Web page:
Preparation of Haloalkanes
Preparation of Haloalkanes by Free Radical Halogenation of Alkanes
When the mixture of hydrocarbon and halogen is heated at 520-670 K in dark or is subjected to ultraviolet light at room temperature, the free radical substitution reaction takes place.
The reactivity of hydrogen towards free radical substitution is 3° > 2° > 1°. For example, when butane is used in free radical substitution reaction, the products we get are 1-Chlorobutane and 2-Chlorobutane. 2-Chlorobutane being 2° is the major product.
Mechanism of free radical substitution reaction
Free radical substitution reaction is a chain reaction. Let's take the example of CH4 and Cl2 to understand the mechanism. The free radical substitution reaction consists of the following steps :
When a mixture of CH4 and Cl2 is heated at 520-670 K or is subjected to ultraviolet light at room temperature, Cl2 absorbs energy and undergoes homolytic fission.
Propagation step consists of two sub steps
- The free radical of chlorine (formed in initiation step) attacks the CH4 molecule and removes a hydrogen atom
from CH4 forming ∙CH3 and HCl.
- ∙CH3 thus produced, reacts with a molecule of Cl2 which results in the formation of methyl chloride.
- This reaction continues until all the hydrogen atoms of methane are replaced by halogen atoms.
The chain reaction may terminate if two of the same or different free radicals combine among themselves without producing new free radicals.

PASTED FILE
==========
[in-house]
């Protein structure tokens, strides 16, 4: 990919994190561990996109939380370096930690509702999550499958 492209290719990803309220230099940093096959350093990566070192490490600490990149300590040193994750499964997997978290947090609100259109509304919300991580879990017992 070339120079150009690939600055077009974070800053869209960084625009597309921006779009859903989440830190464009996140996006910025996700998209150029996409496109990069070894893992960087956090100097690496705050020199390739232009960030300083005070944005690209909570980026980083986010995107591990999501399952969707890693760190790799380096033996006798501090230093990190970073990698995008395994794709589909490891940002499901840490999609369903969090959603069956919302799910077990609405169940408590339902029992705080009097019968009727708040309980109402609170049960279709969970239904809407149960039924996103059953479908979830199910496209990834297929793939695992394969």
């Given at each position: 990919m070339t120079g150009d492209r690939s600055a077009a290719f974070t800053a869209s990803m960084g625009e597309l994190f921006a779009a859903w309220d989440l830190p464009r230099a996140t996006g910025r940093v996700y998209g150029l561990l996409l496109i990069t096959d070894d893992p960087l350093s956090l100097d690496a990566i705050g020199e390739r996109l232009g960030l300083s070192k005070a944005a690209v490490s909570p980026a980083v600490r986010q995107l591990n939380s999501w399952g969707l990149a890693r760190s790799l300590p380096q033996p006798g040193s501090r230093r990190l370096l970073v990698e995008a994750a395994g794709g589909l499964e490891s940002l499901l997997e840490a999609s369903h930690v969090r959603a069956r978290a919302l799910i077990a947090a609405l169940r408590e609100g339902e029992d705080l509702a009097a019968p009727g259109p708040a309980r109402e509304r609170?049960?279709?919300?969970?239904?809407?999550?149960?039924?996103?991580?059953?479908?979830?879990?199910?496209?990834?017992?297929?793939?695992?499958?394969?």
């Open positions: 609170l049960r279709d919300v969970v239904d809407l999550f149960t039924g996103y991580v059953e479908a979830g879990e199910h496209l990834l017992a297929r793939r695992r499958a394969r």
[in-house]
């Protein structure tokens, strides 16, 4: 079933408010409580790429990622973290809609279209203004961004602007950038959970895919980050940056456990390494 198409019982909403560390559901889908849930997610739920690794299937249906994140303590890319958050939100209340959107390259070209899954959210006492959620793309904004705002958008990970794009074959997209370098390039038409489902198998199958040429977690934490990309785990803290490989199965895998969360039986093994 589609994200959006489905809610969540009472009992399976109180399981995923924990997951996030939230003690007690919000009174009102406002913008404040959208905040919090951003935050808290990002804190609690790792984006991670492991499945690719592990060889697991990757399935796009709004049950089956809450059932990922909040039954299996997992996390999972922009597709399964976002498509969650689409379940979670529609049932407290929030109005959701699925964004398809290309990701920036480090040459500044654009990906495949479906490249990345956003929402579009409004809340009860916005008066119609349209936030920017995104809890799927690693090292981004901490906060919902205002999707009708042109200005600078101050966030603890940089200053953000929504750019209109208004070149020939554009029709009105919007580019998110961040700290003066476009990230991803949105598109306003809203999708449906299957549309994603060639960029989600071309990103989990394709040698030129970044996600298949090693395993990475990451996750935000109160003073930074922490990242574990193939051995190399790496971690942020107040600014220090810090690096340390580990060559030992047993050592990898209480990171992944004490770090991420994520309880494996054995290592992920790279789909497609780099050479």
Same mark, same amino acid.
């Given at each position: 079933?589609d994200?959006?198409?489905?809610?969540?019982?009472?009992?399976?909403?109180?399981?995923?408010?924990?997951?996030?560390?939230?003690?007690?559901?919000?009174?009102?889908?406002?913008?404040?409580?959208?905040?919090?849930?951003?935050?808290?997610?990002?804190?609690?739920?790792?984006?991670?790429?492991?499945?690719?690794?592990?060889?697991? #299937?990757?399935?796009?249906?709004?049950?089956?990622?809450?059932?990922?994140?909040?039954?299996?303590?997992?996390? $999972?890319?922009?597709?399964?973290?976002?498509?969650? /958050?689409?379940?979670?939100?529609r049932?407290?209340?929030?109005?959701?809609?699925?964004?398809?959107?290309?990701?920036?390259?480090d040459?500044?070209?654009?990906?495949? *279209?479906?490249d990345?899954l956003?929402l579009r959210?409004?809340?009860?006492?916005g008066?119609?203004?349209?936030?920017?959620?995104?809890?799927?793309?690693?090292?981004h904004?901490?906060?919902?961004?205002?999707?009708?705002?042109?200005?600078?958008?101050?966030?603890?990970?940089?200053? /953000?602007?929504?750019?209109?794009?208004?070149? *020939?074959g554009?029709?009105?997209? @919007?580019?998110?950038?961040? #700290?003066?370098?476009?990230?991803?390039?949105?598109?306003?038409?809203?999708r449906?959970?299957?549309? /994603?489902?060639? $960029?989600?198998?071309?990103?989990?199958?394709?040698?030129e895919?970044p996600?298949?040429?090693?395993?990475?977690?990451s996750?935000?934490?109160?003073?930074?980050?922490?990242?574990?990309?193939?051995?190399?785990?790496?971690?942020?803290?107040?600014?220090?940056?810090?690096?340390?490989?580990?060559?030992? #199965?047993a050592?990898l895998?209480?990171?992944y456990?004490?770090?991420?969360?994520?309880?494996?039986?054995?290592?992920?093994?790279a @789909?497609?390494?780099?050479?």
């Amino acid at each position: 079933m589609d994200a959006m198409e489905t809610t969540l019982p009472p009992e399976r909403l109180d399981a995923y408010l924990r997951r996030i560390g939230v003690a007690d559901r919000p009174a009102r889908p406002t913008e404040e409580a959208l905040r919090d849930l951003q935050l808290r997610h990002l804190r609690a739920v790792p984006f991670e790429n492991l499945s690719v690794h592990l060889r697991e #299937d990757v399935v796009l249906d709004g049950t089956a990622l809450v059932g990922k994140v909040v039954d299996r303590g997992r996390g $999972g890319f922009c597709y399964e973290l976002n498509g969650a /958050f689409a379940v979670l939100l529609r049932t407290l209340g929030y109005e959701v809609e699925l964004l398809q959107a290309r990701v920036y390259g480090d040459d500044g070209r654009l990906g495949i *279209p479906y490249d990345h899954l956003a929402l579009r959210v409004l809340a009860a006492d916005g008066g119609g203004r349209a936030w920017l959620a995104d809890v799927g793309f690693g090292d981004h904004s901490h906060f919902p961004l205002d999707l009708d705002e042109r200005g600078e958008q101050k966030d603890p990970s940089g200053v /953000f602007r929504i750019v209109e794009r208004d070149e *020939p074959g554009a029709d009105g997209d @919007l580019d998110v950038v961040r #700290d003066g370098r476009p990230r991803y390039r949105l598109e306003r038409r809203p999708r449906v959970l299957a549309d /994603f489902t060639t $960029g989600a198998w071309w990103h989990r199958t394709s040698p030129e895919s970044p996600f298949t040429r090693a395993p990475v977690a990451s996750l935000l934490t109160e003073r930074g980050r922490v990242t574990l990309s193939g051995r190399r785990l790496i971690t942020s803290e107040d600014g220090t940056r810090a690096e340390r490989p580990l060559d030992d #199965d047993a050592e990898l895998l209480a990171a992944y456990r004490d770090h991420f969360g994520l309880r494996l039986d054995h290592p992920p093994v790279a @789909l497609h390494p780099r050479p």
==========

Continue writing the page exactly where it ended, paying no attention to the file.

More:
Preparation of Haloalkanes from Alkenes
Alkenes react with halogen acids to form haloalkanes. Markovnikov's rule is applied in case of unsymmetrical alkenes.
Markovnikov's rule states that in the addition reactions of unsymmetrical alkenes, the negative part (e.g. halogen) of reagent attaches to the carbon having less number of hydrogen atoms. For example, prop-1-ene reacts with HBr to give 2-bromopropane as a major product.
Peroxide effect (Kharash effect)
If HBr is added to alkene in the presence of peroxide, the negative part (i.e. Br-) attaches to the carbon having more number of
hydrogen atoms. Since the peroxide effect is contrary to Markovnikov's rule, it is also known as antimarkovnikov's rule. For example,
Prop-1-ene reacts with HBr in the presence of peroxide to give 1-bromopropane as a major product.
A hydrocarbon C5H12 gives only one monochlorination product. Identify the hydrocarbon.